|AM Posters 2009||START Conference Manager|
Research has repeatedly shown that computer-mediated communications (CMC) lead to higher levels of disclosure of personal information (Tidwell and Walther 2002). Recent studies have examined the role of increasingly common social media and social network services (SNS) on disclosure in a variety of contexts (Mazer et al. 2007; Tufekci 2008). The combination of personal demographic data, taste preferences, public disclosure of friend networks and now increasing usage of tools for instantly updating status (e.g., Twitter, Facebook) has fundamentally altered users' understanding of the temporality of information and its (semi-)permanence. A recent exploratory study investigated users' willingness to disclose information with respect to how long ago that information may have been created or captured. Users were more willing to share items as time passed, and a major finding included a latent willingness (40% of sharing scenarios) to disclose information at a later date, neither "now" nor "never" (Russell and Kramer-Duffield 2009). A recently released piece of software augmenting Twitter - HootSuite - advertises among its chief selling points the ability to "pre-schedule tweets" (Twitter messages).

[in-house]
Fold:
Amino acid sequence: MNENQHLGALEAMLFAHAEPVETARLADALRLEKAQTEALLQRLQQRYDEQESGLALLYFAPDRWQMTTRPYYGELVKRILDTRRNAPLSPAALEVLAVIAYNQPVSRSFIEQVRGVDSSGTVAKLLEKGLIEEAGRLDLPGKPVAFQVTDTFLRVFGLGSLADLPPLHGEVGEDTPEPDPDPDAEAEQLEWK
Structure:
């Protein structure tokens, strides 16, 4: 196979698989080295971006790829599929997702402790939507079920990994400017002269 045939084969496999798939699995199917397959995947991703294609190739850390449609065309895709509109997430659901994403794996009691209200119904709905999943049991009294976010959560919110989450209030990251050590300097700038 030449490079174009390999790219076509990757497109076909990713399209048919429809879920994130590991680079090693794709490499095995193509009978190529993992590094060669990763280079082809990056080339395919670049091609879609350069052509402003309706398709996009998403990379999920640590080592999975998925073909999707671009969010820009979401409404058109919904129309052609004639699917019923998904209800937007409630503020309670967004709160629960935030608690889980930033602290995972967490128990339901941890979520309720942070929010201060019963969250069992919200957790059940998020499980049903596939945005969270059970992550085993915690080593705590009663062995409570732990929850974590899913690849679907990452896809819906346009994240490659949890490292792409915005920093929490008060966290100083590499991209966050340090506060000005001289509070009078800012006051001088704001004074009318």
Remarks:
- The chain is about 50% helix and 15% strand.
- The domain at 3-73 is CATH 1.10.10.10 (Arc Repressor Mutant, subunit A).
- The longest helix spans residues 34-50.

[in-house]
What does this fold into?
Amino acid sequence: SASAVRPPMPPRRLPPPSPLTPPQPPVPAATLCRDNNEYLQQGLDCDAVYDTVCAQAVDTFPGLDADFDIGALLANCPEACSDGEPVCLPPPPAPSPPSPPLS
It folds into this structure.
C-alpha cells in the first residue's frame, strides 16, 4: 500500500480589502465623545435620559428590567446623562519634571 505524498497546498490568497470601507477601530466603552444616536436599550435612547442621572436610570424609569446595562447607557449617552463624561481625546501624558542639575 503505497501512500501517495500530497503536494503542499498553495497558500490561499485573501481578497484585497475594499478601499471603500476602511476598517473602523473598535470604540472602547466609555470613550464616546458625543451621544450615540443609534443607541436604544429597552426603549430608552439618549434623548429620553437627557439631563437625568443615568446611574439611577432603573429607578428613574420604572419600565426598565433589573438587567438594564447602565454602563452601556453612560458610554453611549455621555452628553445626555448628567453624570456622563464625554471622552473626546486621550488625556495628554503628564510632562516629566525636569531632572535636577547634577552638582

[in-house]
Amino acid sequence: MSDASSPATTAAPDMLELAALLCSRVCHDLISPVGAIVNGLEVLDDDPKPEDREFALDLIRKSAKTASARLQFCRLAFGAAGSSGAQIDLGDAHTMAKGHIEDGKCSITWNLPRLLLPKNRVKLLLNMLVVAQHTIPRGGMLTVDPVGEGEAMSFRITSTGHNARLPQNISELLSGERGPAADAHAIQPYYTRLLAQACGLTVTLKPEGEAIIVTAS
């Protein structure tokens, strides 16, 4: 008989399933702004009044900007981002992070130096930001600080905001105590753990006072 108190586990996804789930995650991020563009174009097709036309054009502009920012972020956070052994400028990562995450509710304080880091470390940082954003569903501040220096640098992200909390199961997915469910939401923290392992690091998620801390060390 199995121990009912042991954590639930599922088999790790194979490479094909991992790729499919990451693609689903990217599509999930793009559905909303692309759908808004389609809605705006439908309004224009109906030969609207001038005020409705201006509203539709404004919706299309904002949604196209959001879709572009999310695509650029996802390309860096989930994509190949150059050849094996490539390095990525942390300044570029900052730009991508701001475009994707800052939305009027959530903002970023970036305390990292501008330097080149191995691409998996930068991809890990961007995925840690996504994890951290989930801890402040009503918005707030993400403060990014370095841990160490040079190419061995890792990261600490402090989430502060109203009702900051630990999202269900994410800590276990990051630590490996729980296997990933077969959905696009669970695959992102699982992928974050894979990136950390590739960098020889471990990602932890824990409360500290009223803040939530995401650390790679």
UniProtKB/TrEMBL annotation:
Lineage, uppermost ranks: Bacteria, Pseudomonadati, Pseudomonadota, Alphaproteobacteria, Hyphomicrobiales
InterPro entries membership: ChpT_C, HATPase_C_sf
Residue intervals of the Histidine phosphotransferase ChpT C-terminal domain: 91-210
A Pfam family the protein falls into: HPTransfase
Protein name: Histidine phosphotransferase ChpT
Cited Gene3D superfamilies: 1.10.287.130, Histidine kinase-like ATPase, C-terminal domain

This study further explicates these findings by examining in greater detail the nature of the role of temporality in disclosure willingness. Initial investigations suggested that while there is a "now, later, never" tripartite division in terms of disclosure willingness, users make less fine-grained and more binary distinctions in terms of audience and intimacy level of information. This is perhaps due to the flattening effect of social platforms like Facebook and Twitter, which mostly allow you to say "yes" or "no" in determining whether someone is your "friend" or whether a piece of information should be shared at all.
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